Use political maps of the world to provide geographical knowledge of Afghanistan, the United States of America, and other relevant countries. Learn the history of Afghanistan and the Taliban as they relate to U.S. foreign policy and actions. Using conflict resolution skills, brainstorm possible solutions to the conflict between the United States, Afghanistan, and the Taliban. Write an opinion paper on possible solutions.
Dealing with Tragedy in the Classroom Grades 1-5
This lesson will help your 1st to 5th grade students cope with loss and learn how to talk to each other about their feelings. Your students will write letters to children of lost victims and learn about ways they can volunteer.
Emergency Preparedness Grades 6-8
Introduce students to governmental and humanitarian response mechanisms for natural and man-made disasters. Students research and report on a variety of organizations, including the Red Cross, FEMA, and more; as an extension, students learn about locally- and regionally-based resources, like the National Guard.
Hang a Flag Mural Grades All
Students create a mural that expresses their feelings and patriotism to honor the memory of those who gave their lives on September 11, 2001.
I Have a Metaphor Grades 5-9
In this lesson, students use Dr. Martin Luther King's message of unity regardless of race and religion. Use this lesson as a timely reminder that hatred toward anyone on the basis of race or religion is unacceptable.
Memorial for September 11th Grades 6-12
The students will express their feelings toward the tragedy of September 11, 2001 by creating works of art.
Memorializing September 11, 2001 Grades 3-12
Students work in groups to create designs and/or models of monuments honoring the victims of the September 11, 2001, attacks. Students also compose and present oral explanations of their designs or models.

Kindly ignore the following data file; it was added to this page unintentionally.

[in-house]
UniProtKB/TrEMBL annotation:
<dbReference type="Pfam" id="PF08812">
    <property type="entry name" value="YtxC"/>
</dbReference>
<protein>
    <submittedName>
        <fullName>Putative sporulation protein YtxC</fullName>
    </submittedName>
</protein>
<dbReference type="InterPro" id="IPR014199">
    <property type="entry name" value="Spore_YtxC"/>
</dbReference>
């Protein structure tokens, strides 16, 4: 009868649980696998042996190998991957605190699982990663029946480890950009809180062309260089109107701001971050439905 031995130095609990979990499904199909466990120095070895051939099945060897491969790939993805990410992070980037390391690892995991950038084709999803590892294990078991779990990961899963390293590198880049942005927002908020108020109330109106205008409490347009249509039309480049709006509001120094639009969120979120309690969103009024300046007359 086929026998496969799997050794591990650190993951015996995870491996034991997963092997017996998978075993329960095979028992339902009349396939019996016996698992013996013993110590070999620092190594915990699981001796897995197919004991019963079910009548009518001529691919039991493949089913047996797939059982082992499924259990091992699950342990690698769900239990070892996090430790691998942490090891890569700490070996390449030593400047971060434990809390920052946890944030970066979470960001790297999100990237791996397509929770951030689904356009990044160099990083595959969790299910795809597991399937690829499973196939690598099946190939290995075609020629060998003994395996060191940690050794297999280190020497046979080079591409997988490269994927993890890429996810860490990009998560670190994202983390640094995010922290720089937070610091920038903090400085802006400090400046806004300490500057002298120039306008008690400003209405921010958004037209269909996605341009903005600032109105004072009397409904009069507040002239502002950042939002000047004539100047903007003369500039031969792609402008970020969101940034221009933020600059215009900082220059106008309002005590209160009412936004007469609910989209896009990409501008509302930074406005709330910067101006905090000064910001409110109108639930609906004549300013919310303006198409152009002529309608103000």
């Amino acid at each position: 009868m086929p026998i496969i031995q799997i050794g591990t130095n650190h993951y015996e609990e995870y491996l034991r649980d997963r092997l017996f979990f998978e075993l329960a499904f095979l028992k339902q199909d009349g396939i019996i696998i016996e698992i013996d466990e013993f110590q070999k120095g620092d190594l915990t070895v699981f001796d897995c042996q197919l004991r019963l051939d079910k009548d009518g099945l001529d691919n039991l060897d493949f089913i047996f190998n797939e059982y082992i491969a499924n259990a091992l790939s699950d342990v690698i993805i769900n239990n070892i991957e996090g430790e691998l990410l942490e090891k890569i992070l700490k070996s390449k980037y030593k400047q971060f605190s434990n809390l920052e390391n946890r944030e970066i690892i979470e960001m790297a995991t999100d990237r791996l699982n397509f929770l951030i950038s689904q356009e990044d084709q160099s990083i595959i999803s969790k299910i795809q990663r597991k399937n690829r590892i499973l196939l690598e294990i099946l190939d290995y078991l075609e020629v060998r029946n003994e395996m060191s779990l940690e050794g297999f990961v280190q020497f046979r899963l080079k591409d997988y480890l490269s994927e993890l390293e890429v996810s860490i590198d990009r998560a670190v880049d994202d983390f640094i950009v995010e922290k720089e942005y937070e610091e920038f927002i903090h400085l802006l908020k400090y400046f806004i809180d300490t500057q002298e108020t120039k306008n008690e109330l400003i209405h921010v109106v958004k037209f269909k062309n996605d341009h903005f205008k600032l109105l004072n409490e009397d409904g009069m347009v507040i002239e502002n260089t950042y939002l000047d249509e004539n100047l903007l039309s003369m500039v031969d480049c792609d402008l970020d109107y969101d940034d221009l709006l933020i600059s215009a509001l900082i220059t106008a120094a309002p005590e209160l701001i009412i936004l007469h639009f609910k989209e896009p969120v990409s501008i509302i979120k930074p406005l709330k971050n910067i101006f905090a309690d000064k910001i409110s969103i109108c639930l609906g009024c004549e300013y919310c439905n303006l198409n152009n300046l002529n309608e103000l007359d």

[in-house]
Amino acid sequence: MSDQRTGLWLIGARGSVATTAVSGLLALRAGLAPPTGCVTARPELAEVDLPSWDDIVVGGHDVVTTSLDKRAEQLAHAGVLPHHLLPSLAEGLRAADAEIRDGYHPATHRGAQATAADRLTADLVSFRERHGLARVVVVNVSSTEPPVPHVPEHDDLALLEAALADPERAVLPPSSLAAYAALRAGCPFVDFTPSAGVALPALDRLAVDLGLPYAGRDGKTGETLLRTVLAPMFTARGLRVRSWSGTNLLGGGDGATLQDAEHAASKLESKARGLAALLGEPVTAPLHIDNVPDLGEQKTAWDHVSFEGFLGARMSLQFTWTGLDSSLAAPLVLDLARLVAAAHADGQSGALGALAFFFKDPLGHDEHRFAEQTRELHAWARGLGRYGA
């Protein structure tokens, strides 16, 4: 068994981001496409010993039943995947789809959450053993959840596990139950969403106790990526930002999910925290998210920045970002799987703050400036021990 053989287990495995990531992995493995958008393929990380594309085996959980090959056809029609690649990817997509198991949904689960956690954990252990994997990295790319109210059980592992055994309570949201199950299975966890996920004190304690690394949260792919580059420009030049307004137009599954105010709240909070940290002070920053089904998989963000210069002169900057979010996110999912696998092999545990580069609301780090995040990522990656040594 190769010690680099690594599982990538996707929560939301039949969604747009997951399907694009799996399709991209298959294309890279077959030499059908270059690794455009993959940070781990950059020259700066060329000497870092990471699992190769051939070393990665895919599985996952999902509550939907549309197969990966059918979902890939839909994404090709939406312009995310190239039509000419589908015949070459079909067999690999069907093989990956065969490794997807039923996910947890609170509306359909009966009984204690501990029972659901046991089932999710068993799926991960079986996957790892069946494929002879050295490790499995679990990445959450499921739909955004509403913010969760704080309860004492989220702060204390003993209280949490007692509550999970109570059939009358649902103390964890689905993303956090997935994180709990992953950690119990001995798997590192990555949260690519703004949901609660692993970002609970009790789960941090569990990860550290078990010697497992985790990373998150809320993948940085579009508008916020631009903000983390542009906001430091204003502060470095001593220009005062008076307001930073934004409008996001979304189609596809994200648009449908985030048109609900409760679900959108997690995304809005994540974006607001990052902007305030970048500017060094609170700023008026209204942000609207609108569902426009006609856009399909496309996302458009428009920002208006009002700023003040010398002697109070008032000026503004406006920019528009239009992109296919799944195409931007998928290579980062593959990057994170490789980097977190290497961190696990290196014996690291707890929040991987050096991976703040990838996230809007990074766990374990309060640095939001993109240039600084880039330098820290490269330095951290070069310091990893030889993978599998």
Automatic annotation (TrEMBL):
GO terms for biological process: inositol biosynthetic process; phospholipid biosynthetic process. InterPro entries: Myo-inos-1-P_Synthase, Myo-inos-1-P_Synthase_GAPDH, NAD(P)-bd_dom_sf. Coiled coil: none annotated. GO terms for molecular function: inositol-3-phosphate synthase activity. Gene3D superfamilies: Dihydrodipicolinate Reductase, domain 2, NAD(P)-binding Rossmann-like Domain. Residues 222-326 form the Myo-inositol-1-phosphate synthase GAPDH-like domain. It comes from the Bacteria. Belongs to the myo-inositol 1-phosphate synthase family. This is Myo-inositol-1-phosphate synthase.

My Name Is Osama Grades 3 & Up
A short story about a young Iraqi boy opens up classroom discussion about the difficulties some immigrant children face, especially in the days after September 11. Student work sheet included.
Proverbs of One World Grades 3 & Up
As a memorial to September 11, students create a book or bulletin board of proverbs that offer lessons connected to themes of freedom, tolerance, patriotism, diversity, and respect.
Remembering September 11th Grades Various
abcteach has some great printable activities.
September 11: Lessons and Resources for Classroom Teachers Grades Various
Brought to you by Education World.
Teacher Resources: Special Coverage of the Attacks in NY, DC Grades Various
PBS has compiled lesson plans that will help students better understand various aspects of this tragic event.
Terrorism Grades Various
Find related lesson plans and resources.
Use Literature to Teach Tolerance Grades All
Commemorate 9/11 by reading aloud each day that week a new children's book that focuses on the theme of tolerance. Book list included.
Write Letters to Commemorate 9/11 Grades All
Students commemorate the 9/11 anniversary by writing letters to fire, police, or emergency medical personnel in their communities or to the service men and women who fight terrorism overseas.